Symbian's nHD was at first designed for 3.2" screens (the Nokia 5800) and then enlarged slightly to 3.5" for the new wave (N8 etc.) and the OS sits most happily at this screen size. And if a user really, really wants a screen larger than 4" for some reason then perhaps another OS really is the way to go.

3. "The browser's rubbish"

Symbian Web really isn't. At least, it's a competent piece of code by 2010 standards and based on the same core code as most browsers on other platforms. The issues are two-fold, though: firstly that browsers such as Chrome on Android have had so much R&D love lavished on them that they're now massively more optimised than Web. And secondly, as I've said before, that the dramatic increase in bloat in web pages (mainly javascript) has meant that coping with web browsing is akin to hitting a moving target. And with Web having slowed to a crawl these days, the rest of the mobile world has been sprinting ahead.

One of the first things I do on a Symbian phone is install Opera Mobile and Opera Mini - the former for general browsing on Wi-fi and the latter for browsing when bandwidth is something scarce. Both highly recommended.

4. "It's so slow"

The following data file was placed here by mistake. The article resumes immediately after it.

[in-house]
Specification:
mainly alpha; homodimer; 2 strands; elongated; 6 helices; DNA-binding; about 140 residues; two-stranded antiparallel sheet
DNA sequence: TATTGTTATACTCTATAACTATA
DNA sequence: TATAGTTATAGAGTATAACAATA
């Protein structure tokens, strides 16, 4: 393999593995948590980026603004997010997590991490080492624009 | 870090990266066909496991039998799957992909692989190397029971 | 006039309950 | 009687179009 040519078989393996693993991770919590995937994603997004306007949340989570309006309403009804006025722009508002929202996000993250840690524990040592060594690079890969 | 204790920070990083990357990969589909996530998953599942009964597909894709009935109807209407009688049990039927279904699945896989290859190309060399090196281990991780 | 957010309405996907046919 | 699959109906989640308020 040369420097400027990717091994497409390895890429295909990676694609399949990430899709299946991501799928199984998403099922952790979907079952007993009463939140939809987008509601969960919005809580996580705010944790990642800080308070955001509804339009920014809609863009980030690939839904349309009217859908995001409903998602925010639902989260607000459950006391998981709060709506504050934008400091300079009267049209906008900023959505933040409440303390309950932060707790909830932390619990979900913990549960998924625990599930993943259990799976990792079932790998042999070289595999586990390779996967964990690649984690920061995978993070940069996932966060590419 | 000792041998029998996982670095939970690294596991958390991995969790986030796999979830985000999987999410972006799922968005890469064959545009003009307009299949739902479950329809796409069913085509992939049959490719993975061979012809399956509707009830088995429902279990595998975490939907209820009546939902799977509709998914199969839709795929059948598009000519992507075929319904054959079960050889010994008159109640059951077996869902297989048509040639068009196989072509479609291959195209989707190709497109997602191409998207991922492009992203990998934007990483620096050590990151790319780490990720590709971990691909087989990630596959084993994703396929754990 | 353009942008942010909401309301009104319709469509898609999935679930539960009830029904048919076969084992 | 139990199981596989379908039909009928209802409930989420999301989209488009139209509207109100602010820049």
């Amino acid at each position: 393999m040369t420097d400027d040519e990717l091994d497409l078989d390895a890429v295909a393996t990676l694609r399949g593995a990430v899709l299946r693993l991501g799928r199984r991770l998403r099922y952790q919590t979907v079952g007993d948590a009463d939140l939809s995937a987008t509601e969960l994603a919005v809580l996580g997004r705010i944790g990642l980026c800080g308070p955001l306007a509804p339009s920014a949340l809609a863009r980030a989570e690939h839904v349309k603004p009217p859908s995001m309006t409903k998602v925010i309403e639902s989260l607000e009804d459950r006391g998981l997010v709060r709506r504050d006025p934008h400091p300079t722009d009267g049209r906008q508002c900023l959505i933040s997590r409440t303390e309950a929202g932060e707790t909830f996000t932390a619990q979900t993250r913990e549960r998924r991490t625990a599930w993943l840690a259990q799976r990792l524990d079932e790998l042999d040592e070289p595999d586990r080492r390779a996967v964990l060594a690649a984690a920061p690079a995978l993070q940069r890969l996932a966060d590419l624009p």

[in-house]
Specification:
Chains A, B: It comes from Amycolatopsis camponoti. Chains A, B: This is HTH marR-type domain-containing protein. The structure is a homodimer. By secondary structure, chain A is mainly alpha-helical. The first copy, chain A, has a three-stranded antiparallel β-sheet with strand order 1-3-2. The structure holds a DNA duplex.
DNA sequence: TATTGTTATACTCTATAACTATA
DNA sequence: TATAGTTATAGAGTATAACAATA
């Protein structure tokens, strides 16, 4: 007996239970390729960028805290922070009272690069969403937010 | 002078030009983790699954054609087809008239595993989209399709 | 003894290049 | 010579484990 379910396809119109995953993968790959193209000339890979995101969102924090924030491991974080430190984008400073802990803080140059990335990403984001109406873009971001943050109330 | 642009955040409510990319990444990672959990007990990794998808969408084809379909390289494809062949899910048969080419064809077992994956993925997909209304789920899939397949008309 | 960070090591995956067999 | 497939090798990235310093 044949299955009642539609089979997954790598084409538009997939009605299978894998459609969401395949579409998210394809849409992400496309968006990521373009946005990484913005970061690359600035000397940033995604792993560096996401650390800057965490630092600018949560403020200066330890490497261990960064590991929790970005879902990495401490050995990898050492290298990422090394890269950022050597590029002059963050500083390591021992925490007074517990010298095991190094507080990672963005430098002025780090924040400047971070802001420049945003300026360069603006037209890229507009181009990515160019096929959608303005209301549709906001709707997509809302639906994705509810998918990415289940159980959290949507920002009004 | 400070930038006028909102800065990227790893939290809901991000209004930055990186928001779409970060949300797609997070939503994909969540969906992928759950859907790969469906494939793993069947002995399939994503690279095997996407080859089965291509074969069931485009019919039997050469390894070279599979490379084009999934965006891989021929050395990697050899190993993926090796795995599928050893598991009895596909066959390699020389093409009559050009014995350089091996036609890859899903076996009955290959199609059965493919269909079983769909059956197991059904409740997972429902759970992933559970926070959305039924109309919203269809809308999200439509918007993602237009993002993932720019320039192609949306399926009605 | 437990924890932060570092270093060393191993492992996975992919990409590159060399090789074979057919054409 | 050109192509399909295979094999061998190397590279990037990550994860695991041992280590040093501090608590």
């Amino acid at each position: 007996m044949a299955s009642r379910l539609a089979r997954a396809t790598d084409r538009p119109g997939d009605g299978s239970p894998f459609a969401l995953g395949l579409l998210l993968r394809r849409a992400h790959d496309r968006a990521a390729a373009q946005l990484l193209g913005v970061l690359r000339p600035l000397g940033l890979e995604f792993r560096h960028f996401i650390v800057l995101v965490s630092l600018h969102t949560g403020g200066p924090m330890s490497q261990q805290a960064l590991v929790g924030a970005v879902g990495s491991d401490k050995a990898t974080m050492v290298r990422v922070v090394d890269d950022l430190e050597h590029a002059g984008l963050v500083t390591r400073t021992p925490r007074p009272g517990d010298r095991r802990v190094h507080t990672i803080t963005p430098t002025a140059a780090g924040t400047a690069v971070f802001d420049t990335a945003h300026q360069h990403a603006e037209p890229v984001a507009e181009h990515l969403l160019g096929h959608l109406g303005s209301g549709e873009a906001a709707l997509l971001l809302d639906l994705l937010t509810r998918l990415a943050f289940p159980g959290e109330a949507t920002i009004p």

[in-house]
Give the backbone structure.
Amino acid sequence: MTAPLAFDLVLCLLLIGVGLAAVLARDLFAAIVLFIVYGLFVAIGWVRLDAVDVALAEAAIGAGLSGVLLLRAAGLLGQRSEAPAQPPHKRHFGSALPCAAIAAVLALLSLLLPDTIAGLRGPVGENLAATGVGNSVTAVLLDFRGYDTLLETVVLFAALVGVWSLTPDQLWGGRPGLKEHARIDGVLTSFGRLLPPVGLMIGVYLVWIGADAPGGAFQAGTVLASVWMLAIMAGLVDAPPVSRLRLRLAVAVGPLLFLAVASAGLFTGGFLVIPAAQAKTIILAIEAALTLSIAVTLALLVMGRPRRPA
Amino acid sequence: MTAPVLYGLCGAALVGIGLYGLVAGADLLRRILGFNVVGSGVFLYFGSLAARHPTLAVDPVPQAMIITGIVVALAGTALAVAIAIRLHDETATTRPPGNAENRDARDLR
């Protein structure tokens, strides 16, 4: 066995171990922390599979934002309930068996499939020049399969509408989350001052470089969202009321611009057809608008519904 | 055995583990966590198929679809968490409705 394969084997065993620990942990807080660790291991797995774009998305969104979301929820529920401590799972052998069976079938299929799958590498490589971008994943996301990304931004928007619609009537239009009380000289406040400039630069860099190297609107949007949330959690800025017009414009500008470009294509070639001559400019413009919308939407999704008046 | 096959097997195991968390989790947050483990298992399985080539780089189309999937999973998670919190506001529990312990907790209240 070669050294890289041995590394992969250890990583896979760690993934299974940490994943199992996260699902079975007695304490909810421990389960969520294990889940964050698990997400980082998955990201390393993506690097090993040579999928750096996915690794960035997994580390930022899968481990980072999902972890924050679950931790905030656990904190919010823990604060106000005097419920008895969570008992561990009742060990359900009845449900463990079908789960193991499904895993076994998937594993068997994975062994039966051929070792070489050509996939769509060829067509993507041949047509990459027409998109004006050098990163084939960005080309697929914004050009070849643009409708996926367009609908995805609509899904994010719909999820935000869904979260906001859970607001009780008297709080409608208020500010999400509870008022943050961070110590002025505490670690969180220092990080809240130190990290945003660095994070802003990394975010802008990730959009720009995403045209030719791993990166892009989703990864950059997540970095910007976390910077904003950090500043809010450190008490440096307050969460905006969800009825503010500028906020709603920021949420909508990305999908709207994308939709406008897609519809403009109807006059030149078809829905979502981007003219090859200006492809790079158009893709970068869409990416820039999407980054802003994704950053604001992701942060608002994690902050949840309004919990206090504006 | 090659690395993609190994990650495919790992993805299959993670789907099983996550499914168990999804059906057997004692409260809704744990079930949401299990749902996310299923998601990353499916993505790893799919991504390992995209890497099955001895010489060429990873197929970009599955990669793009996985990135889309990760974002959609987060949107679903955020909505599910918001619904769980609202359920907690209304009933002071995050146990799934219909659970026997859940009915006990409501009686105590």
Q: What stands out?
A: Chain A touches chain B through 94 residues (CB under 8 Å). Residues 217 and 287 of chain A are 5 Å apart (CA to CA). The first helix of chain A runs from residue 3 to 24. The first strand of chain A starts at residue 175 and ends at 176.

It's not. Take out the web browser factor (see 4. above), overlook the Web-based Social system and Symbian's interface generally flies, with instant switching to running applications and fluid homescreen and app menu scrolling/swiping. Only the fastest Android phones and Windows Phone devices have a faster general interface.

Social is an issue, too, of course, since it's likely to be something that new users gravitate to. Of course, with few new Symbian phones being sold now (see 8. below), it's likely that most Symbian users will have discovered one of the many fast and slick Twitter and Facebook clients and will be using those rather than Nokia Social, in which case the problem is solved.

5. "There are no apps or games - where's Instagram, for example?"

I've looked at the Symbian application scene several times, even creating my own curated directory of the best applications, and I'd argue that the number of high profile omissions is actually quite small. Instagram is one such (though not one I've ever wanted on Symbian), Google+ is another (I've had to rely on the mobile web version), but most mainstream smartphone functions are covered.

App Store

(From the Curated Symbian App Store)

The problem is that as new services come along, they're unlikely to be covered by a native Symbian client, since the pace of development has slowed down massively, so the 'app gap' is only going to widen as time goes on.

Complaints about lack of games are justified - there are a handful (maybe 30) of really polished 'HD' games for Symbian in the Nokia Store, plus a mountain (thousands) of 'casual' games, but nothing like the many hundreds, if not thousands of polished efforts for iOS, for example. But then if you're a hardcore gamer you've probably moved onto iOS or perhaps Android by now already....

6. "Symbian is so old"